The Pre-existing Condition Insurance Plan (PCIP) ended on April 30, 2014. The PCIP program provided health coverage options to individuals who were uninsured for at least six months, had a pre-existing condition, and had been denied coverage (or offered insurance without coverage of the pre-existing condition) by a private insurance company. Now, thanks to the Affordable Care Act, health insurance plans can no longer deny anyone coverage for their pre-existing condition, and so PCIP enrollees can transition to a new plan outside of the PCIP program. Learn more about your health insurance options at HealthCare.gov.
Young Adult Coverage
Under the Affordable Care Act, if your plan covers children, you can now add or keep your children on your health insurance policy until they turn 26 years old.
What This Means for You
Before the health care law, insurance companies could remove enrolled children usually at age 19, sometimes older for full-time students. Now, most health plans that cover children must make coverage available to children up to age 26. By allowing children to stay on a parent's plan, the law makes it easier and more affordable for young adults to get health insurance coverage.
Children can join or remain on a parent's plan even if they are:
- Not living with their parents
- Attending school
- Not financially dependent on their parents
- Eligible to enroll in their employer's plan
When Someone Turns 26
Under-26 coverage ends on a child's 26th birthday. When a child loses coverage on their 26th birthday, they qualify for a Special Enrollment Period. This lets them enroll in a health plan outside Open Enrollment.
Lifetime & Annual Limits
The Affordable Care Act prohibits health plans from putting annual or lifetime dollar limits on most benefits you receive.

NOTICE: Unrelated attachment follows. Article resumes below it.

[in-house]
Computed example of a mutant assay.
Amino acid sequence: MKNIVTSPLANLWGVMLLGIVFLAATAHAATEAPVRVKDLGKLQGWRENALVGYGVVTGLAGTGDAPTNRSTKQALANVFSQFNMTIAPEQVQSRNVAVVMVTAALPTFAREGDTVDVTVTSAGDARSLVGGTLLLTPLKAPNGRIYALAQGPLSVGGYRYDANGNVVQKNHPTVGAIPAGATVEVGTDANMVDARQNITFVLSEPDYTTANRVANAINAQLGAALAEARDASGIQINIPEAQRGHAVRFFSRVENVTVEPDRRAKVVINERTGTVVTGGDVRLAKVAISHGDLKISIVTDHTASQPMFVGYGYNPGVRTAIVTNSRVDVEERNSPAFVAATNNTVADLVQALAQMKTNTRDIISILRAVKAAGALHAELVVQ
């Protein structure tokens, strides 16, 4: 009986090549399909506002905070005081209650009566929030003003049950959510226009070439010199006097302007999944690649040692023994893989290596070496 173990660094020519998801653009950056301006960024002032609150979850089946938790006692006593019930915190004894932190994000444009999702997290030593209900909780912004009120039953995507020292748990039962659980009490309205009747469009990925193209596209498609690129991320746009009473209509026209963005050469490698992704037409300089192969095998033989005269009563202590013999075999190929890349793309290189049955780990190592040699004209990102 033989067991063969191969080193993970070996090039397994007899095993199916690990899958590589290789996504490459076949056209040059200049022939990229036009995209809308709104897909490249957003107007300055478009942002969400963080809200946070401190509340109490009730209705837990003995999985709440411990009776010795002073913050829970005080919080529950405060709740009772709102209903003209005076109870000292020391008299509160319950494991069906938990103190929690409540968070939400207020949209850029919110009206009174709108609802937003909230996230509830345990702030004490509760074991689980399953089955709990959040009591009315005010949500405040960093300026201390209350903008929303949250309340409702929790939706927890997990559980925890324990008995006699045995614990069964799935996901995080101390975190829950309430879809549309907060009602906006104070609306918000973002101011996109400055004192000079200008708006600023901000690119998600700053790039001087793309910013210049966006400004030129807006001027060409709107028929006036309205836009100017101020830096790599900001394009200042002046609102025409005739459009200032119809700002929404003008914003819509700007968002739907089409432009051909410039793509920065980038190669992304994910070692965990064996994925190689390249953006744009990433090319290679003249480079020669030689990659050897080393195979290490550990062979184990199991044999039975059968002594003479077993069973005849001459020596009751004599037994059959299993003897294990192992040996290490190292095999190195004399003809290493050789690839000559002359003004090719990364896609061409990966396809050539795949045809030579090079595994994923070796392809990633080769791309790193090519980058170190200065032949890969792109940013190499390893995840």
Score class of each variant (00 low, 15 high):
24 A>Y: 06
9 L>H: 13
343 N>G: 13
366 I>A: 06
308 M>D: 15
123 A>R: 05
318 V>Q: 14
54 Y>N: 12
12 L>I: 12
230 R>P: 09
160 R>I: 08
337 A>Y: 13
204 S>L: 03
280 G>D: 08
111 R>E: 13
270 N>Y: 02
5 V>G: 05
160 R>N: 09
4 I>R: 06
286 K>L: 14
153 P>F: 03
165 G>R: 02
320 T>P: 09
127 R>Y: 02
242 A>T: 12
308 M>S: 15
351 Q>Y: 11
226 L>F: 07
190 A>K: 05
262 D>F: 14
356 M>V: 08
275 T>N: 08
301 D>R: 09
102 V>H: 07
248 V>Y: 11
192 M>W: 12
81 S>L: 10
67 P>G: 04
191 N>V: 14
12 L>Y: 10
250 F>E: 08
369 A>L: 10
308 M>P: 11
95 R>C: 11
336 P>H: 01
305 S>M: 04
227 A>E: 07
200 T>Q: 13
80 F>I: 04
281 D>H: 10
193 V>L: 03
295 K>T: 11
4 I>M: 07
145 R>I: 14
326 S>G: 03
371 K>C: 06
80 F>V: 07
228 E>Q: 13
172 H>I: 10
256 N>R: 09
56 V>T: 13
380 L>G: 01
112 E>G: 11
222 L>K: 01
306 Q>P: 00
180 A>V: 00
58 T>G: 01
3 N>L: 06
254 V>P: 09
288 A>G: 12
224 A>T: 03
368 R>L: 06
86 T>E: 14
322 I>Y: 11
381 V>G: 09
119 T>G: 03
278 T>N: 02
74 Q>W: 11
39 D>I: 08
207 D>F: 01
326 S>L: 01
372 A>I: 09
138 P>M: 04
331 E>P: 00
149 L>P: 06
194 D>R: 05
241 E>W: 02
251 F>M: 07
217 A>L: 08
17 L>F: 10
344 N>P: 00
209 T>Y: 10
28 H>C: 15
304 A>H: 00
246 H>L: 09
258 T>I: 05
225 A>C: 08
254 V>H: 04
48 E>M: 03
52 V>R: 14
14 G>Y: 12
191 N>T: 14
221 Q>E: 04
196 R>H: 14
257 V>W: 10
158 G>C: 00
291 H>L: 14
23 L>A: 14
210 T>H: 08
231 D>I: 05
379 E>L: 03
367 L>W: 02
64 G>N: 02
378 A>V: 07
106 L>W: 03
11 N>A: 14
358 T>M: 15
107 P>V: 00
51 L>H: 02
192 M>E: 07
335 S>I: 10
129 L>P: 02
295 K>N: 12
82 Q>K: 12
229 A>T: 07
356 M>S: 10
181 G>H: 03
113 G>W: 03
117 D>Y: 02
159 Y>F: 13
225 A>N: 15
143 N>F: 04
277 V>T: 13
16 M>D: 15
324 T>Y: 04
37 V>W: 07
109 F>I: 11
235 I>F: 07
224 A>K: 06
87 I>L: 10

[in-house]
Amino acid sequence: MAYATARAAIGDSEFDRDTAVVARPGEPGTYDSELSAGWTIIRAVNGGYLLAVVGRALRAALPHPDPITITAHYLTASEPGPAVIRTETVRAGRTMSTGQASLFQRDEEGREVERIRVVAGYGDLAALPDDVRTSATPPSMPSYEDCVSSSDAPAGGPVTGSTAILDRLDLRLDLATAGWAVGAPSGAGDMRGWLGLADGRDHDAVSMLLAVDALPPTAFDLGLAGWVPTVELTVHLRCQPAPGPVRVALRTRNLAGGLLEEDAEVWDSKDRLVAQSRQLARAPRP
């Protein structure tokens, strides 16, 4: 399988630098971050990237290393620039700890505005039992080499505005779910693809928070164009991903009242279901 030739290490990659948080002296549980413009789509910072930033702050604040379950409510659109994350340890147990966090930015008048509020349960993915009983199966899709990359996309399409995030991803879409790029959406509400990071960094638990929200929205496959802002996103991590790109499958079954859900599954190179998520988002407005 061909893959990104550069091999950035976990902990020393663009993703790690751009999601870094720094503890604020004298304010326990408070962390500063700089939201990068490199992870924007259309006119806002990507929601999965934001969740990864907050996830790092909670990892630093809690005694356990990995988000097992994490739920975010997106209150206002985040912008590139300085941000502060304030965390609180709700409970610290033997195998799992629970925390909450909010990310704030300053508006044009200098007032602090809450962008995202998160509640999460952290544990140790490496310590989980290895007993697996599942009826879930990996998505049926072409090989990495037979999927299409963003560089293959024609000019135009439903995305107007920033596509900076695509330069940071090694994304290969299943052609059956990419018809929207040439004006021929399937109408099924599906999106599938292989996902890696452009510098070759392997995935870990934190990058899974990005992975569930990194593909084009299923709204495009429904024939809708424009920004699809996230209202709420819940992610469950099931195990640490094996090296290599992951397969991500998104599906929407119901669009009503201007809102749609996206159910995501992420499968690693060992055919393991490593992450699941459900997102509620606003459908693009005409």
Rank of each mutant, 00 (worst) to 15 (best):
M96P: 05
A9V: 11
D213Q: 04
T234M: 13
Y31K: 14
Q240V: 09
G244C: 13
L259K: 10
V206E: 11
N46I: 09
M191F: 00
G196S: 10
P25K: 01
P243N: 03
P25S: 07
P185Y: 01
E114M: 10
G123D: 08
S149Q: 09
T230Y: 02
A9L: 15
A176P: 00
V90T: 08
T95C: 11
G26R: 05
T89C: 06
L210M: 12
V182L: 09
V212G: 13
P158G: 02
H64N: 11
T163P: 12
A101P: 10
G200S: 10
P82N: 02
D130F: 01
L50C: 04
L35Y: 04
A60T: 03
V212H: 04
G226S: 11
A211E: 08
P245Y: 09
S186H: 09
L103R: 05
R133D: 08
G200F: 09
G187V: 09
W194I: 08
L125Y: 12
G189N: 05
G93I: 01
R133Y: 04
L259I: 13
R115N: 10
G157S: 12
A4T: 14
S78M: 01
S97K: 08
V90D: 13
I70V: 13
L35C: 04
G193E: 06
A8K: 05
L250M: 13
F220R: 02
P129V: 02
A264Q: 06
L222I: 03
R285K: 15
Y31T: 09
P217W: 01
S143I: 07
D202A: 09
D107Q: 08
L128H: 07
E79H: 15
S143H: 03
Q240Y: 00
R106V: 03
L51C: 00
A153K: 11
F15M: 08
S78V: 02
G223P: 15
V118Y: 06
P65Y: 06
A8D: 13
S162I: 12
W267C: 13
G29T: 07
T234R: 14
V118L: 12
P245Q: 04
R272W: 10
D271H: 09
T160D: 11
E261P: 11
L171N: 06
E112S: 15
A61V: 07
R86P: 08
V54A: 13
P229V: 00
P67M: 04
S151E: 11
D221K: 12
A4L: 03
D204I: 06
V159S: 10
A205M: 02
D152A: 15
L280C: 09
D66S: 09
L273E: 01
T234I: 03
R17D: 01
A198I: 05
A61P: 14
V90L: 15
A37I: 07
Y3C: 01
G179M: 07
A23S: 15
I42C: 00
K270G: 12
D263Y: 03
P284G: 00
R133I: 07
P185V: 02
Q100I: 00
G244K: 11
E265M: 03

Thanks to the Affordable Care Act, lifetime limits on most benefits are prohibited in any health plan or insurance policy. Previously, many plans set a lifetime limit - a dollar limit on what they would spend for your covered benefits during the entire time you were enrolled in that plan. You were required to pay the cost of all care exceeding those limits.
The Affordable Care Act bans annual dollar limits that all job-related plans and individual health insurance plans can put on most covered health benefits. Before the health care law, many health plans set an annual limit - a dollar limit on their yearly spending for your covered benefits. You were required to pay the cost of all care exceeding those limits.
- Plans can put an annual dollar limit and a lifetime dollar limit on spending for health care services that are not considered essential health benefits.
- Grandfathered individual health insurance policies are not required to follow the rules on annual limits.
Under the Affordable Care Act, you and your family may be eligible for some important preventive services - which can help you avoid illness and improve your health - at no additional cost to you.
Preventive Services Covered Under the Affordable Care Act
If you have a new health insurance plan or insurance policy beginning on or after September 23, 2010, the following preventive services must be covered without your having to pay a copayment or co-insurance or meet your deductible. This applies only when these services are delivered by a network provider.
- Covered Preventive Services for Adults
- Covered Preventive Services for Women, Including Pregnant Women
- Covered Preventive Services for Children
15 Covered Preventive Services for Adults